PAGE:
I realize your issue was more with the way the documentation for defining parent-child relationships. But it seemed that you might also be having a problem with the cascade options, because "all" includes "delete". "delete-orphan" is the only option that’s not included in "all".

Answer by Stevan is perfect. But if you are still getting the error. Other possible try on top of that would be –


Copied from the link-

Quick tip if you get in trouble with a foreign key dependency even if you have specified a cascade delete in your models.

Using SQLAlchemy, to specify a cascade delete you should have cascade="all, delete" on your parent table. Ok but then when you execute something like:


It actually triggers an error about a foreign key used in your children tables.

The solution I used it to query the object and then delete it:

session = models.DBSession()
your_db_object = session.query(models.yourmodule.YourParentTable).filter(conditions).first()
if your_db_object is not None:

This should delete your parent record AND all the children associated with it.

Even tho this question is very old, it comes up first when searched for in Google so I’ll post my solution to add up to what others said (I’ve spent few hours even after reading all the answers in here).

As d512 explained, it is all about Foreign Keys. It was quite a surprise to me but not all databases / engines support Foreign Keys. I’m running a MySQL database. After long investigation, I noticed that when I create new table it defaults to an engine (MyISAM) that doesn’t support Foreign Keys. All I had to do was to set it to InnoDB by adding mysql_engine="InnoDB" when defining a Table. In my project I’m using an imperative mapping and it looks like so:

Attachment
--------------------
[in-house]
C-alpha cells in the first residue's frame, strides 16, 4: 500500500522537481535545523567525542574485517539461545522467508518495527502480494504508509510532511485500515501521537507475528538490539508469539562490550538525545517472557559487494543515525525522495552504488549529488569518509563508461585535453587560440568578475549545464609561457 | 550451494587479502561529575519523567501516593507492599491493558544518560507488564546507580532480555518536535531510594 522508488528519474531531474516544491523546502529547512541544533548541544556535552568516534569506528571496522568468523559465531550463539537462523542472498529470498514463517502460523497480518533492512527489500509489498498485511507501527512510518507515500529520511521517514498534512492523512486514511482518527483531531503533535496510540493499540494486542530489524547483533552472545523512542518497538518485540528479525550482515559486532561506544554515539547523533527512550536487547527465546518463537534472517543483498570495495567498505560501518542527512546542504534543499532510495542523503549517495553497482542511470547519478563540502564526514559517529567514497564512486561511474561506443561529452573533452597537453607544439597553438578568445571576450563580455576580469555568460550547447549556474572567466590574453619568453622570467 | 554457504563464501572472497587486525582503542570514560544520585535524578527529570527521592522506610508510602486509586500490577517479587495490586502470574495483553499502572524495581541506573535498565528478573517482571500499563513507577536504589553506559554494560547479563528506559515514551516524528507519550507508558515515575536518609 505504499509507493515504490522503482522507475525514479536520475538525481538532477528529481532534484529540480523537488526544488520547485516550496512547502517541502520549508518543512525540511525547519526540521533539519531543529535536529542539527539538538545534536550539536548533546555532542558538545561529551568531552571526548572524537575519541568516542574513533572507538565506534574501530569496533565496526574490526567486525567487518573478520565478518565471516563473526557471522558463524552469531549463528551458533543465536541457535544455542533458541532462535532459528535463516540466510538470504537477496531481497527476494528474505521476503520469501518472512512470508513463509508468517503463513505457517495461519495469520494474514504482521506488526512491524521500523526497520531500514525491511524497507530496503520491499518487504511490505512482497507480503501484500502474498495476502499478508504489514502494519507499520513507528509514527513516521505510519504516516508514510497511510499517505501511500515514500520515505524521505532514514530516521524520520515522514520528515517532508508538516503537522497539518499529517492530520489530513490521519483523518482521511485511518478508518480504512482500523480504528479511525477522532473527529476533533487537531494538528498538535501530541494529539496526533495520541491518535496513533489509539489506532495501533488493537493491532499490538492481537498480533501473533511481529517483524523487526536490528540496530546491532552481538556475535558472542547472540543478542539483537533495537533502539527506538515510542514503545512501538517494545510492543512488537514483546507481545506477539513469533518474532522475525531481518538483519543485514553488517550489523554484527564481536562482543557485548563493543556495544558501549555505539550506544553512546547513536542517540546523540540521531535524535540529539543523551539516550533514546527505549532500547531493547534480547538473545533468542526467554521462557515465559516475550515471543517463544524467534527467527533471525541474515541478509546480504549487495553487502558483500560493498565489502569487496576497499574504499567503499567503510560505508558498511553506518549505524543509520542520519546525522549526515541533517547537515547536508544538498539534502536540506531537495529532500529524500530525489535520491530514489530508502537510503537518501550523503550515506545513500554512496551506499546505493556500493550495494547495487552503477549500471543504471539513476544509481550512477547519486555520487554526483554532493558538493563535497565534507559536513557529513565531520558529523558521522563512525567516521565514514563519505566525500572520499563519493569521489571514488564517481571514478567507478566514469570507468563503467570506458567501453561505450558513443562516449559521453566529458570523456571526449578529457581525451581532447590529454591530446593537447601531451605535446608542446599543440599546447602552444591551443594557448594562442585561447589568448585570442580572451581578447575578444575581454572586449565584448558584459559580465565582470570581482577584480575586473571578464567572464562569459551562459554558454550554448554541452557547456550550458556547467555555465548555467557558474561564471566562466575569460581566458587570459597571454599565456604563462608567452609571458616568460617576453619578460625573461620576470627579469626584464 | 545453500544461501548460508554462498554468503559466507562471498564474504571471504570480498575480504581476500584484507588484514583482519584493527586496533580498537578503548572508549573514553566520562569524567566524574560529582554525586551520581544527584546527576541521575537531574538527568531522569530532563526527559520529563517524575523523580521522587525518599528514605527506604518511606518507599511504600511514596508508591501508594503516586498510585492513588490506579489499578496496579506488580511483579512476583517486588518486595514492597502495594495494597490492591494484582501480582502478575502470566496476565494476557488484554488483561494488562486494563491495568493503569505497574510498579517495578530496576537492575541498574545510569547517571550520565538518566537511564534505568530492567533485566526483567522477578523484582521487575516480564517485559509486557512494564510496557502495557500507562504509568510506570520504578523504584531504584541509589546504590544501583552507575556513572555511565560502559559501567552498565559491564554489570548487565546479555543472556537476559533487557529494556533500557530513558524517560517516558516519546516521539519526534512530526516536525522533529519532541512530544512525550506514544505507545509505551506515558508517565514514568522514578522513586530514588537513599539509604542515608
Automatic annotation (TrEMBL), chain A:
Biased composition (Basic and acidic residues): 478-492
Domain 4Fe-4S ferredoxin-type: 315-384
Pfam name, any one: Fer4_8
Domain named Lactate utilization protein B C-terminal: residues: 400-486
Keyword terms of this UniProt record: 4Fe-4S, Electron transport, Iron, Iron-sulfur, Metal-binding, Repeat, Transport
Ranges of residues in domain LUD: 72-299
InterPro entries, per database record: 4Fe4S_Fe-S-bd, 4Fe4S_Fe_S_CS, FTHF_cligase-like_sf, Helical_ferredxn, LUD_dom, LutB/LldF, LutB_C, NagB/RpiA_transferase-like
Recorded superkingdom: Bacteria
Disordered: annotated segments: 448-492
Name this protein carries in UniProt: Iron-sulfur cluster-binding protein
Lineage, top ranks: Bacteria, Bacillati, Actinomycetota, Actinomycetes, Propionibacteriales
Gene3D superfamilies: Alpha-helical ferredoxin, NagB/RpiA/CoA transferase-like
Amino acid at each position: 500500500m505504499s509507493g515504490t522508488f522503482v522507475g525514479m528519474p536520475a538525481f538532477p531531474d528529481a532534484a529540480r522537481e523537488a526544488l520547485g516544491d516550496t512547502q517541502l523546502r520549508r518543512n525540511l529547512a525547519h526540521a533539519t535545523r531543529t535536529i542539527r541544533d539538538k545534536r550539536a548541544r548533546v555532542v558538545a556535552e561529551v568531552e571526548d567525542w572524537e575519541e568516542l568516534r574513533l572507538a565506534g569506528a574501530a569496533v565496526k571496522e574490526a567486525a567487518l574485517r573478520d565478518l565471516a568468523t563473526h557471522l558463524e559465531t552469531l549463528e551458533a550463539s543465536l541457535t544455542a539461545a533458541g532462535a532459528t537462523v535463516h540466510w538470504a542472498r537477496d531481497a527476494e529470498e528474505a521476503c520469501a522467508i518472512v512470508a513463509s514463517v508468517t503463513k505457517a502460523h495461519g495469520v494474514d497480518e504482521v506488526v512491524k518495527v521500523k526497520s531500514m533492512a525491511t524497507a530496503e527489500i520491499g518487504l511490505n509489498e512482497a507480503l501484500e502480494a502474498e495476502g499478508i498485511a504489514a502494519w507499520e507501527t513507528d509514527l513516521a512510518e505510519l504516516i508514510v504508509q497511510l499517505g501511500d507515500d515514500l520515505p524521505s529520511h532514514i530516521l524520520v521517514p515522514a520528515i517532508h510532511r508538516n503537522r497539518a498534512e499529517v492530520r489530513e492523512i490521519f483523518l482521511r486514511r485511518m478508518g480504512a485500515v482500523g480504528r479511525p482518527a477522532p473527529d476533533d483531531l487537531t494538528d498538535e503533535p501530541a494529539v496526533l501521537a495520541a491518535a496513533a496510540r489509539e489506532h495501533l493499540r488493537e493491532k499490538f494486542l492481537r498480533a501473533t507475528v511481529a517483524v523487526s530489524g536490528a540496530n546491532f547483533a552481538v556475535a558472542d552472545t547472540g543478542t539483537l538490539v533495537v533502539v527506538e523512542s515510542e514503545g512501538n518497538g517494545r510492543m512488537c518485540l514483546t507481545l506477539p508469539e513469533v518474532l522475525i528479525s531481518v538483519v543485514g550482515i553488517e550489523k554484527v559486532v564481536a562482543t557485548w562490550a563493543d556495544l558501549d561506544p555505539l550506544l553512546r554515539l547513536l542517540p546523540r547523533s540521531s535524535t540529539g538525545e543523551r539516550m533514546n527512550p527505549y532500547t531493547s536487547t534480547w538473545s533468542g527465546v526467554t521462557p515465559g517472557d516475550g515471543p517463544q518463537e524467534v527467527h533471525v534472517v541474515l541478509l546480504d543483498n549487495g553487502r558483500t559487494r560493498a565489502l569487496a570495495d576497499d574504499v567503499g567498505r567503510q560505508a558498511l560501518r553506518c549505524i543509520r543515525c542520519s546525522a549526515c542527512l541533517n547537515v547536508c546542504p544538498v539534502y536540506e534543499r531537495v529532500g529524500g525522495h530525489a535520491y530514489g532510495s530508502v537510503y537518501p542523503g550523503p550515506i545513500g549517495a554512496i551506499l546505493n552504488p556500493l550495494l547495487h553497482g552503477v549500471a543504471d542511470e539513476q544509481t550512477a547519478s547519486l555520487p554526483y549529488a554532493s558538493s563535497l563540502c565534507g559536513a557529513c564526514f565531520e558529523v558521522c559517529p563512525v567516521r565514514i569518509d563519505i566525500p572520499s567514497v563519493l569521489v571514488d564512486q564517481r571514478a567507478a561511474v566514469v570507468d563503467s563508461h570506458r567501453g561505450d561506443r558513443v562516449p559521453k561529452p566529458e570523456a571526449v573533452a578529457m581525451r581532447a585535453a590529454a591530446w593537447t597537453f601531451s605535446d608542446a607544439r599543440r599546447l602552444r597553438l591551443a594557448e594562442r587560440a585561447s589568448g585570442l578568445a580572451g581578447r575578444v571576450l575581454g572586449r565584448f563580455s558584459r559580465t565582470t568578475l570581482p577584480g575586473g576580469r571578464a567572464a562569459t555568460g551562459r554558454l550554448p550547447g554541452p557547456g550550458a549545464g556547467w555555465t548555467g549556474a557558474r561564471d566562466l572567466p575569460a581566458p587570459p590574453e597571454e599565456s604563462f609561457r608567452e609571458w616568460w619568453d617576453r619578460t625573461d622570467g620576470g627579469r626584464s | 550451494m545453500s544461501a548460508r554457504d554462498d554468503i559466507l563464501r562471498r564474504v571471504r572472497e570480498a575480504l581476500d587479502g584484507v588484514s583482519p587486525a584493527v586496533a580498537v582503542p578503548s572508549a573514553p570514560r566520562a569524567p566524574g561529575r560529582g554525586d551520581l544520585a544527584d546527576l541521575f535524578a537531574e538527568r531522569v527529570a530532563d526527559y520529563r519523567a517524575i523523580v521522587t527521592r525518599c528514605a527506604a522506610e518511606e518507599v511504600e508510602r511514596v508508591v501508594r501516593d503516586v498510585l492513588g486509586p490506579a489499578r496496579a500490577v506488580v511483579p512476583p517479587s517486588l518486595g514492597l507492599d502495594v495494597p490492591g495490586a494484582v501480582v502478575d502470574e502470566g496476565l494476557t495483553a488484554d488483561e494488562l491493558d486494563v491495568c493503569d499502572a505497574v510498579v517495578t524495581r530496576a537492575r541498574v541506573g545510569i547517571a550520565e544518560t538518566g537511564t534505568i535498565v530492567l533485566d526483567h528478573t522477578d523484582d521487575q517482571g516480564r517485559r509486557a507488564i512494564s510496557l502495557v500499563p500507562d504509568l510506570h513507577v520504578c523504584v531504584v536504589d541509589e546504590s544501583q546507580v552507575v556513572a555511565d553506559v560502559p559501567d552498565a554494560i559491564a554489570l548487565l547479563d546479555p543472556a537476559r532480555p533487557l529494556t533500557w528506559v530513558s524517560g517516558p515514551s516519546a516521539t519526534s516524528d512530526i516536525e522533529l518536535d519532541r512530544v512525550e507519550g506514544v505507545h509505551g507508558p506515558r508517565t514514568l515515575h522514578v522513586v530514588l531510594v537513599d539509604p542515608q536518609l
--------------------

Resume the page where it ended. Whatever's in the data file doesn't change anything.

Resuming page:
Column('id', Integer, primary_key=True),
    # other columns
           ForeignKey('parent.id', ondelete="CASCADE")),

TLDR: If the above solutions don’t work, try adding nullable=False to your column.

I’d like to add a small point here for some people who may not get the cascade function to work with the existing solutions (which are great). The main difference between my work and the example was that I used automap. I do not know exactly how that might interfere with the setup of cascades, but I want to note that I used it. I am also working with a SQLite database.

I tried every solution described here, but rows in my child table continued to have their foreign key set to null when the parent row was deleted. I’d tried all the solutions here to no avail. However, the cascade worked once I set the child column with the foreign key to nullable = False.

On the child table, I added:

Column('parent_id', Integer(), ForeignKey('parent.id', ondelete="CASCADE"), nullable=False)
Child.parent = relationship("parent", backref=backref("children", passive_deletes=True)

With this setup, the cascade functioned as expected.